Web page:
May 2009, Volume 13, Number 5


Robert Jorge (far left) and students in the EMS program.
Robert Jorge (far left) and students in the EMS program.

Professor steers clinical studies

You might not find Robert Jorge on campus very often, but that doesn’t mean he’s not there for his students.

In fact, as the director of clinical education for the Emergency Medical Services (EMS) program at Medical Center Campus, his job requires him to be all over the place – whether he’s at local hospitals like Jackson Memorial and Mercy or on the road in an ambulance.

Since he teaches the clinical portions of the paramedic and emergency health services courses at MDC, these locations are his classrooms, where students get hands-on practice with patients in a clinical setting.

Program requirements can get intense, and not just because of the emergencies involved in EMS. Students are required by state regulators to complete 200 hours of field internships, which is where Jorge comes in. He helps place students in an appropriate program and also serves as an advisor if they encounter any issues along the way.

“There’s a regimen there, and it teaches [students] to be responsible for their actions or lack of action,” he said. “You have to develop very inventive schedules to meet those requirements – weekends, weekdays, you have to get it accomplished in a non-traditional way.”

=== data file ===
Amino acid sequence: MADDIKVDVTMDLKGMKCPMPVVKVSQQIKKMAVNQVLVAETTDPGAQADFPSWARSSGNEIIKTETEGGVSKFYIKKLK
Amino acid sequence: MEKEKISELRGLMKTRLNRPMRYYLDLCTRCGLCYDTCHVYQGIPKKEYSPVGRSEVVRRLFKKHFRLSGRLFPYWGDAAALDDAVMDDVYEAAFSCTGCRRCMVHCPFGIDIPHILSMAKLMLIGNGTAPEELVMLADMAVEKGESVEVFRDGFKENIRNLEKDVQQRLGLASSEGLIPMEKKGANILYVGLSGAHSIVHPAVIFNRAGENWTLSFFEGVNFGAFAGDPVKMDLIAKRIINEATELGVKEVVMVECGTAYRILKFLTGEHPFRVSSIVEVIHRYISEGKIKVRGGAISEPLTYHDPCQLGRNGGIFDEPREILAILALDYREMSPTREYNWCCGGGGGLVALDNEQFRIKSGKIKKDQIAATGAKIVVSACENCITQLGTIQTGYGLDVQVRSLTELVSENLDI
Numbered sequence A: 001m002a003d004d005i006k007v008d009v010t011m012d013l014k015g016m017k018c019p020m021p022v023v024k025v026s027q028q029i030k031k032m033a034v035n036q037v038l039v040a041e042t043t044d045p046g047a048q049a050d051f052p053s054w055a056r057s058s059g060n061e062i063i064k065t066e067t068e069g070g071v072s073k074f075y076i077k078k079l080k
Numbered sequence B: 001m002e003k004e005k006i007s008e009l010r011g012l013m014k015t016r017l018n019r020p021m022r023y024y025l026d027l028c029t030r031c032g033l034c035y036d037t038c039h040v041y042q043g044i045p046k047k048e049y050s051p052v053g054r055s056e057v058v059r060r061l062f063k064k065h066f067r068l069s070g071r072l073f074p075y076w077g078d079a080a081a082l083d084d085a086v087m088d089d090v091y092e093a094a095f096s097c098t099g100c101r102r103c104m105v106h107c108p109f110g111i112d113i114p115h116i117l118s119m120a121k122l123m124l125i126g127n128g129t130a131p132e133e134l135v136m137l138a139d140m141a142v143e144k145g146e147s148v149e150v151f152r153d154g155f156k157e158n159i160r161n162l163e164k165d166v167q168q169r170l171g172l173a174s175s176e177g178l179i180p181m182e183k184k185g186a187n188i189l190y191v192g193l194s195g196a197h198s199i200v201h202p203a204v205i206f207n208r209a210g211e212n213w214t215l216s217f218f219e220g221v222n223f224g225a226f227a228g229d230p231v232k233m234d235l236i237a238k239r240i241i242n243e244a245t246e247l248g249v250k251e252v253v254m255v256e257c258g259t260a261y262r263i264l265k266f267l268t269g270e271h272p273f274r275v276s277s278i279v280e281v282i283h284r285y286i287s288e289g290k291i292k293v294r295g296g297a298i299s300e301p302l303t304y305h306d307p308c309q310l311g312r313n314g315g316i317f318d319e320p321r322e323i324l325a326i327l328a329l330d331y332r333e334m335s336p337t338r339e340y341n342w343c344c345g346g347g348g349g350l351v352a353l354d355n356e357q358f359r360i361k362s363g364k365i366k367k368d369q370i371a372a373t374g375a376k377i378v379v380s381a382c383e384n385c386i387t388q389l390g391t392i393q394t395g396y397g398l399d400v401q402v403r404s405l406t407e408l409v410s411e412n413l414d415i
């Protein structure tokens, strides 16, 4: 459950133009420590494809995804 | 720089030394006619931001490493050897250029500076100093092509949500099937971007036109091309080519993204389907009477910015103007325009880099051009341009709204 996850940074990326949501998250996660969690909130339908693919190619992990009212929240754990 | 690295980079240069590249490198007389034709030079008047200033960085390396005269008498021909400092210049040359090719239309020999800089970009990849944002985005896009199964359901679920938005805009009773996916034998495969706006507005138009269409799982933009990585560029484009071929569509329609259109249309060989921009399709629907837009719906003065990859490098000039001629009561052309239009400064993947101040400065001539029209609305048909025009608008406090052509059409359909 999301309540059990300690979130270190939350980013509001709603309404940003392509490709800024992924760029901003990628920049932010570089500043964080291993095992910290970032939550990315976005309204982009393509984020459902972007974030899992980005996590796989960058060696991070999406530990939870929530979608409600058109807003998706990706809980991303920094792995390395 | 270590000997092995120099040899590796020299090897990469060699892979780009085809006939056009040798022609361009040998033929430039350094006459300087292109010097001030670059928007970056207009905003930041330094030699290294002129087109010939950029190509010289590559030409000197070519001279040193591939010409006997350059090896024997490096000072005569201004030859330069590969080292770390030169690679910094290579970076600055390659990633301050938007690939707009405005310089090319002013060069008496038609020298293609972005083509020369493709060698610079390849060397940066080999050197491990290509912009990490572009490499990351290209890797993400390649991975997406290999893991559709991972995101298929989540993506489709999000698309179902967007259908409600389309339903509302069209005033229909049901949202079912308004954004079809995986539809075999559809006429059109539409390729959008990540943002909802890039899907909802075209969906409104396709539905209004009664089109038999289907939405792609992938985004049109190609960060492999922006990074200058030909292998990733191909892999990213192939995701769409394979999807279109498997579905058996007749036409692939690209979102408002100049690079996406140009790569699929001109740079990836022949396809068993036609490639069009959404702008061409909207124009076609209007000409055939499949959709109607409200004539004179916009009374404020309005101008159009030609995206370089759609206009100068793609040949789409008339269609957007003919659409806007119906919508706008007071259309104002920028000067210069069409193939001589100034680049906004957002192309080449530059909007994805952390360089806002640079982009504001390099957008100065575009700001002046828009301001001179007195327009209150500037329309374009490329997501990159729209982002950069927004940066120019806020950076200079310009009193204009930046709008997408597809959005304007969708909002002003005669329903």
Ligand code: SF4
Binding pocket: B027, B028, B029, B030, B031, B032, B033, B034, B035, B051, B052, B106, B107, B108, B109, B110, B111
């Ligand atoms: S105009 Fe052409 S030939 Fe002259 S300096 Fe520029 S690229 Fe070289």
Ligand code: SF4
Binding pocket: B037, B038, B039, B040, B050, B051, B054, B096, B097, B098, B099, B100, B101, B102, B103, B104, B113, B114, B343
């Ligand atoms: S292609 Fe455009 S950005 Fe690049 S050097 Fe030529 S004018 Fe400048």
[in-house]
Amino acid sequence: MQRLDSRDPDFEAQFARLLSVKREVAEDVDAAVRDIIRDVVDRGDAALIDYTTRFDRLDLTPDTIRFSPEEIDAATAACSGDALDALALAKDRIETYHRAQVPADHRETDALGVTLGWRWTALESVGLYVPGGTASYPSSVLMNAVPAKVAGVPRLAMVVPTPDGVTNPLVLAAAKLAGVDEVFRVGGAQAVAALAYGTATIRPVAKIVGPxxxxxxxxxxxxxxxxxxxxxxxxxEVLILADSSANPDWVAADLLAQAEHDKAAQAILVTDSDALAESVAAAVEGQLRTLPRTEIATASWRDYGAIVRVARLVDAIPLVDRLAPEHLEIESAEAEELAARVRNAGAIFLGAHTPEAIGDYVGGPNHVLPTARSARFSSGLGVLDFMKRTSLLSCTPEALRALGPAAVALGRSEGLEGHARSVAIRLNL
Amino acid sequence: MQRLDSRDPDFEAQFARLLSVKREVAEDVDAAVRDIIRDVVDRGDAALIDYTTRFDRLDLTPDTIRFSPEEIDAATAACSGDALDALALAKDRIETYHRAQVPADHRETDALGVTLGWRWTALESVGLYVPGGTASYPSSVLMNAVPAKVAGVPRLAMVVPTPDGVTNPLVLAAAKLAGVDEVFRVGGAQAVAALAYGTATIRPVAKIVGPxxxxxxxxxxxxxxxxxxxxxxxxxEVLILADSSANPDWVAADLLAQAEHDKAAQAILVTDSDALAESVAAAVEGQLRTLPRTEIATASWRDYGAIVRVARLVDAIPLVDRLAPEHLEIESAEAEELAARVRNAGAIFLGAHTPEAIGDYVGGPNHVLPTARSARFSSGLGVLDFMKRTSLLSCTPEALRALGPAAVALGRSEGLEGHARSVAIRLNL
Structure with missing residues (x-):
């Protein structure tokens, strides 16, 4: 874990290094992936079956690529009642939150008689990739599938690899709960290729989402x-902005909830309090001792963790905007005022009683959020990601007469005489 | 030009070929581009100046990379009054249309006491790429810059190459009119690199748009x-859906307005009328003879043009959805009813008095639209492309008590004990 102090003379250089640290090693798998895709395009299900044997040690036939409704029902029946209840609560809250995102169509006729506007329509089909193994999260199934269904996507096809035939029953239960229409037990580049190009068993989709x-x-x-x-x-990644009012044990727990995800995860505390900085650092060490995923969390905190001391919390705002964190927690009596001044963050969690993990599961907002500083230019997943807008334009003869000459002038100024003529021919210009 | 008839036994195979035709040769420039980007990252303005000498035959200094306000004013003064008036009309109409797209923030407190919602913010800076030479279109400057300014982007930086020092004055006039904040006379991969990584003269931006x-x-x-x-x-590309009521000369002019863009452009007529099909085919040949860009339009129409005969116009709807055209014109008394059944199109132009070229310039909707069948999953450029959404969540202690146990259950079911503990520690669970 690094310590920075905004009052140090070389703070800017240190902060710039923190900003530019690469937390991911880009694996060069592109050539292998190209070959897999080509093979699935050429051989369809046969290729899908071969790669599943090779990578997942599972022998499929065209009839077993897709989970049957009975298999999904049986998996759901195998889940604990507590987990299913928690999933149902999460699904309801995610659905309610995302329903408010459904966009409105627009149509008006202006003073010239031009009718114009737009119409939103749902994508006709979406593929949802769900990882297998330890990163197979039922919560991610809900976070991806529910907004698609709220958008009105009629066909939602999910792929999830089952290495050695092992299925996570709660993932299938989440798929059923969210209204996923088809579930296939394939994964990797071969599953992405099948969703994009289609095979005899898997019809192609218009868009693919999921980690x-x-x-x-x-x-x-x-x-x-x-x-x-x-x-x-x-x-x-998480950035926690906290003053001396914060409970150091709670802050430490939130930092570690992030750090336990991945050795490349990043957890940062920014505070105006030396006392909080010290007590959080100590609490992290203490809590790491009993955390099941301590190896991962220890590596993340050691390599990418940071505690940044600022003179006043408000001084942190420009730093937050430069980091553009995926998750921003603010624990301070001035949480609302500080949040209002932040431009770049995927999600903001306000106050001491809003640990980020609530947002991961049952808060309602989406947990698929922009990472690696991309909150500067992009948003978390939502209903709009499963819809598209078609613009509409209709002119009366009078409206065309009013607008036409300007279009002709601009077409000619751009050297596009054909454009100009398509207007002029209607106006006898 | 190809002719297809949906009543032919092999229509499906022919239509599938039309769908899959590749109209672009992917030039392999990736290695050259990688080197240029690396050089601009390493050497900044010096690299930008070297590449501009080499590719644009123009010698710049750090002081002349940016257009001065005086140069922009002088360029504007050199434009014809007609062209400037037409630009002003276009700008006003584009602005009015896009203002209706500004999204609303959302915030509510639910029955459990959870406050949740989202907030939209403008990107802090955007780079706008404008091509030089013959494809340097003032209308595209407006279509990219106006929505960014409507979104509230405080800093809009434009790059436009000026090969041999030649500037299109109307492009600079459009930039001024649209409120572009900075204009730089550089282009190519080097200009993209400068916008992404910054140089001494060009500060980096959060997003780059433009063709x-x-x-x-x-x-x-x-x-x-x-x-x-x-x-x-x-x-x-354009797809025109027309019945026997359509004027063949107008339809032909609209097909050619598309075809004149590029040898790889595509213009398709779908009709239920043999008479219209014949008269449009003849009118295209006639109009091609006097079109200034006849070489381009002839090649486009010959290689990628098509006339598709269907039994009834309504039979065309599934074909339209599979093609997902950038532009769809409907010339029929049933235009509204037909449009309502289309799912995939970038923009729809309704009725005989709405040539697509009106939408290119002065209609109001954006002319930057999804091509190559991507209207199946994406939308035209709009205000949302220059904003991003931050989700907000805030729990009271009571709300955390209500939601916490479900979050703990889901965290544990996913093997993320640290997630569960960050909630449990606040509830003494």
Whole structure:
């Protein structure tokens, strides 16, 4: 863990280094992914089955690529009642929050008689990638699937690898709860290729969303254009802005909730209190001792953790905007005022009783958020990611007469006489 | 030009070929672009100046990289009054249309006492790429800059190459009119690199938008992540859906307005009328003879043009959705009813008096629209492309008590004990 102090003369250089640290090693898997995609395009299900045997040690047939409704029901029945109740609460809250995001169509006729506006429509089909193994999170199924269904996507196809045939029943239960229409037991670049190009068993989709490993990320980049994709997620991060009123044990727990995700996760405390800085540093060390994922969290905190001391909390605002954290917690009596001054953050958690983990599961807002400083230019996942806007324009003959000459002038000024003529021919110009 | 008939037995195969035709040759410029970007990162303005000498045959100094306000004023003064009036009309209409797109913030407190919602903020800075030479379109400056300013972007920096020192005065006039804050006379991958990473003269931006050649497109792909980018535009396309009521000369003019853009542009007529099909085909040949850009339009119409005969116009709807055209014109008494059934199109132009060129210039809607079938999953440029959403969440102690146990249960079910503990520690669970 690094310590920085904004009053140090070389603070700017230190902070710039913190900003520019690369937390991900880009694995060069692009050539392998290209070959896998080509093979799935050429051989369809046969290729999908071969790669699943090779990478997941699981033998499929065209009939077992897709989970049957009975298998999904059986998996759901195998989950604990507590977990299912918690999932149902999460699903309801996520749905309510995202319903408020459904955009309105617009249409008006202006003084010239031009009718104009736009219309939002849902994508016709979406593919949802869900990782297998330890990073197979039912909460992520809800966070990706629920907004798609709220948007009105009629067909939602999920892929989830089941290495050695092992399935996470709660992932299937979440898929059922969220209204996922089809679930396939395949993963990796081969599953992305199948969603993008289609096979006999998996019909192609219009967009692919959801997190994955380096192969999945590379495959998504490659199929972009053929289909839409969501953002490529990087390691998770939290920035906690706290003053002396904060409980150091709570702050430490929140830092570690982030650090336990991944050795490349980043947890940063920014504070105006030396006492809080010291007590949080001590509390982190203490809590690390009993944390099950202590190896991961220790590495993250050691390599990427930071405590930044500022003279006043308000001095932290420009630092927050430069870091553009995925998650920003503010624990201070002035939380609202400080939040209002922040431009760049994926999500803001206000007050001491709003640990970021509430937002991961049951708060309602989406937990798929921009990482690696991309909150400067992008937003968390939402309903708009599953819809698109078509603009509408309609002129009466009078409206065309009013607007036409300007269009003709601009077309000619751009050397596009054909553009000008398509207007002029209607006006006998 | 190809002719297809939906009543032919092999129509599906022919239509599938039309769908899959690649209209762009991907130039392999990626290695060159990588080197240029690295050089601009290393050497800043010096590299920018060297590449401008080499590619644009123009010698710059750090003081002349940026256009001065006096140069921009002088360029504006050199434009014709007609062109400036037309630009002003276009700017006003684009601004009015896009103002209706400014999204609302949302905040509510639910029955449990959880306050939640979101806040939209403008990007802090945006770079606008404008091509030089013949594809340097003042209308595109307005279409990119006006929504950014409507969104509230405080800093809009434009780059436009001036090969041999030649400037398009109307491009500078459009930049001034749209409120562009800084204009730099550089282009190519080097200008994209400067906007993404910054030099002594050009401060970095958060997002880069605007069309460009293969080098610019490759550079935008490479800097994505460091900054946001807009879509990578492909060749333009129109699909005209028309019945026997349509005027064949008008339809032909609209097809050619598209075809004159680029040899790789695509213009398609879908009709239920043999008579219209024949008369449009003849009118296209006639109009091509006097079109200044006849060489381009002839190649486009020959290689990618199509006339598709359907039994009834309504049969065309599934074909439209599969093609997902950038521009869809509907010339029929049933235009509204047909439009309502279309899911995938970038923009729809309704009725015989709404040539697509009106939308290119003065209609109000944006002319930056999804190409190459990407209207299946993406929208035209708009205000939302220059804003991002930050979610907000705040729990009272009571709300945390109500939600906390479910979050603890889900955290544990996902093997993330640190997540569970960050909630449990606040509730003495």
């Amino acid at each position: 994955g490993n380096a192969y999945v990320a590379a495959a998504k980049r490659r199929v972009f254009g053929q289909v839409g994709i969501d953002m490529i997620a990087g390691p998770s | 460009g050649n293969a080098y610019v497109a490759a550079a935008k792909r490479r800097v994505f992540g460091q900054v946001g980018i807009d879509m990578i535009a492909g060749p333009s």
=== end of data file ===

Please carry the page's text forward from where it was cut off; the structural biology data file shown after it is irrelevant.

Jorge is no stranger to demanding work schedules. As a fire rescue lieutenant in the City of Miami, he alternates his time between work at MDC and his twice-a-week, 24-hour shifts with the city. And as a teacher with real-life experience in the field, he can relate to his students’ experiences, especially since he was once in their same shoes. Having grown up in Miami, he studied in MDC’s paramedic program and, upon graduating in 1996, started working here as an adjunct professor. Now that he’s on board full time, he’s also been involved in recruiting students into the program.

“Ultimately our goal is to have the students, not only finish the paramedic program, but also finish their associate in EMS,” he said. “It’s important to have a good work ethic. It’ll carry you through to the rest of your life.”

— Hector Pino

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